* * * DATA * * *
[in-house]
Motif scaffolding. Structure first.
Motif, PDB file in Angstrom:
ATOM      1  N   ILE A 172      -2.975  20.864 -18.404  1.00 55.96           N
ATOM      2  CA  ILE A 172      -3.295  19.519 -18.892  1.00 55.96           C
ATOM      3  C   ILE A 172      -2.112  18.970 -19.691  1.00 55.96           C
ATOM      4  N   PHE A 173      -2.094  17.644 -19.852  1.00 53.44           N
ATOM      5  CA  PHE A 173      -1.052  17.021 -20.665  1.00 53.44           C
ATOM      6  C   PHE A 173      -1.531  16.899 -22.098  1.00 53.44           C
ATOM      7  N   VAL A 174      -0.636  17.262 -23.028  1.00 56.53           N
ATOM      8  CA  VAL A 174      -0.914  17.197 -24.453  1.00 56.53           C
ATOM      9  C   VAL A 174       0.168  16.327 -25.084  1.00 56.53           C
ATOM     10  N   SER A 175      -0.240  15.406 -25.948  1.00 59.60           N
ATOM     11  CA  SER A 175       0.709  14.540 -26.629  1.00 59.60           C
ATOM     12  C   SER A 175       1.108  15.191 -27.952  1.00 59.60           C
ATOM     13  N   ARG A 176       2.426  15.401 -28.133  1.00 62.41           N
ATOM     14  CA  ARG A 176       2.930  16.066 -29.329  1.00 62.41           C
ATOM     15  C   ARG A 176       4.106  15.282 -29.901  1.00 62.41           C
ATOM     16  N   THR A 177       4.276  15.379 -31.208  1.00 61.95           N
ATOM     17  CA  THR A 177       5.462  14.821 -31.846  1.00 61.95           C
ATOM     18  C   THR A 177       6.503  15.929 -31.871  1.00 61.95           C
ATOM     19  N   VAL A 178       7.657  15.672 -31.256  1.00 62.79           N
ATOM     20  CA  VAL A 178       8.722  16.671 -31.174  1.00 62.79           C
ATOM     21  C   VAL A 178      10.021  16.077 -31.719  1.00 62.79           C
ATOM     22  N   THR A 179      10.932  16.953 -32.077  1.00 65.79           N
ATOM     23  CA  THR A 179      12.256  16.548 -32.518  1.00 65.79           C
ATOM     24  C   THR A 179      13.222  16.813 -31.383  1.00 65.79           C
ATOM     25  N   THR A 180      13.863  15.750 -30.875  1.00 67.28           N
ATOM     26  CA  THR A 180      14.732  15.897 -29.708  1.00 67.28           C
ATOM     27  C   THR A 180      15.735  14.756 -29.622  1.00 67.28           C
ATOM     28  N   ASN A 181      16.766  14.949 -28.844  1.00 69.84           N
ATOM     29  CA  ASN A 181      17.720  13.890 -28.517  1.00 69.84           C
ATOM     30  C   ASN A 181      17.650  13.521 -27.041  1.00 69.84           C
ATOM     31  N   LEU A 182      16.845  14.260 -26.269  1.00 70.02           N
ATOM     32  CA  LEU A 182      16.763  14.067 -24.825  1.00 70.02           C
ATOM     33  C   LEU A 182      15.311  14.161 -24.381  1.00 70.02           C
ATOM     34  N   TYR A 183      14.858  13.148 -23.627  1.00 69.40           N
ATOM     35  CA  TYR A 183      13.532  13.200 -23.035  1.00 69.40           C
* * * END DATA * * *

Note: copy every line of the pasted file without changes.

[in-house]
Motif scaffolding. Structure first.
Motif, PDB file in Angstrom:
ATOM      1  N   ILE A 172      -2.975  20.864 -18.404  1.00 55.96           N
ATOM      2  CA  ILE A 172      -3.295  19.519 -18.892  1.00 55.96           C
ATOM      3  C   ILE A 172      -2.112  18.970 -19.691  1.00 55.96           C
ATOM      4  N   PHE A 173      -2.094  17.644 -19.852  1.00 53.44           N
ATOM      5  CA  PHE A 173      -1.052  17.021 -20.665  1.00 53.44           C
ATOM      6  C   PHE A 173      -1.531  16.899 -22.098  1.00 53.44           C
ATOM      7  N   VAL A 174      -0.636  17.262 -23.028  1.00 56.53           N
ATOM      8  CA  VAL A 174      -0.914  17.197 -24.453  1.00 56.53           C
ATOM      9  C   VAL A 174       0.168  16.327 -25.084  1.00 56.53           C
ATOM     10  N   SER A 175      -0.240  15.406 -25.948  1.00 59.60           N
ATOM     11  CA  SER A 175       0.709  14.540 -26.629  1.00 59.60           C
ATOM     12  C   SER A 175       1.108  15.191 -27.952  1.00 59.60           C
ATOM     13  N   ARG A 176       2.426  15.401 -28.133  1.00 62.41           N
ATOM     14  CA  ARG A 176       2.930  16.066 -29.329  1.00 62.41           C
ATOM     15  C   ARG A 176       4.106  15.282 -29.901  1.00 62.41           C
ATOM     16  N   THR A 177       4.276  15.379 -31.208  1.00 61.95           N
ATOM     17  CA  THR A 177       5.462  14.821 -31.846  1.00 61.95           C
ATOM     18  C   THR A 177       6.503  15.929 -31.871  1.00 61.95           C
ATOM     19  N   VAL A 178       7.657  15.672 -31.256  1.00 62.79           N
ATOM     20  CA  VAL A 178       8.722  16.671 -31.174  1.00 62.79           C
ATOM     21  C   VAL A 178      10.021  16.077 -31.719  1.00 62.79           C
ATOM     22  N   THR A 179      10.932  16.953 -32.077  1.00 65.79           N
ATOM     23  CA  THR A 179      12.256  16.548 -32.518  1.00 65.79           C
ATOM     24  C   THR A 179      13.222  16.813 -31.383  1.00 65.79           C
ATOM     25  N   THR A 180      13.863  15.750 -30.875  1.00 67.28           N
ATOM     26  CA  THR A 180      14.732  15.897 -29.708  1.00 67.28           C
ATOM     27  C   THR A 180      15.735  14.756 -29.622  1.00 67.28           C
ATOM     28  N   ASN A 181      16.766  14.949 -28.844  1.00 69.84           N
ATOM     29  CA  ASN A 181      17.720  13.890 -28.517  1.00 69.84           C
ATOM     30  C   ASN A 181      17.650  13.521 -27.041  1.00 69.84           C
ATOM     31  N   LEU A 182      16.845  14.260 -26.269  1.00 70.02           N
ATOM     32  CA  LEU A 182      16.763  14.067 -24.825  1.00 70.02           C
ATOM     33  C   LEU A 182      15.311  14.161 -24.381  1.00 70.02           C
ATOM     34  N   TYR A 183      14.858  13.148 -23.627  1.00 69.40           N
ATOM     35  CA  TYR A 183      13.532  13.200 -23.035  1.00 69.40           C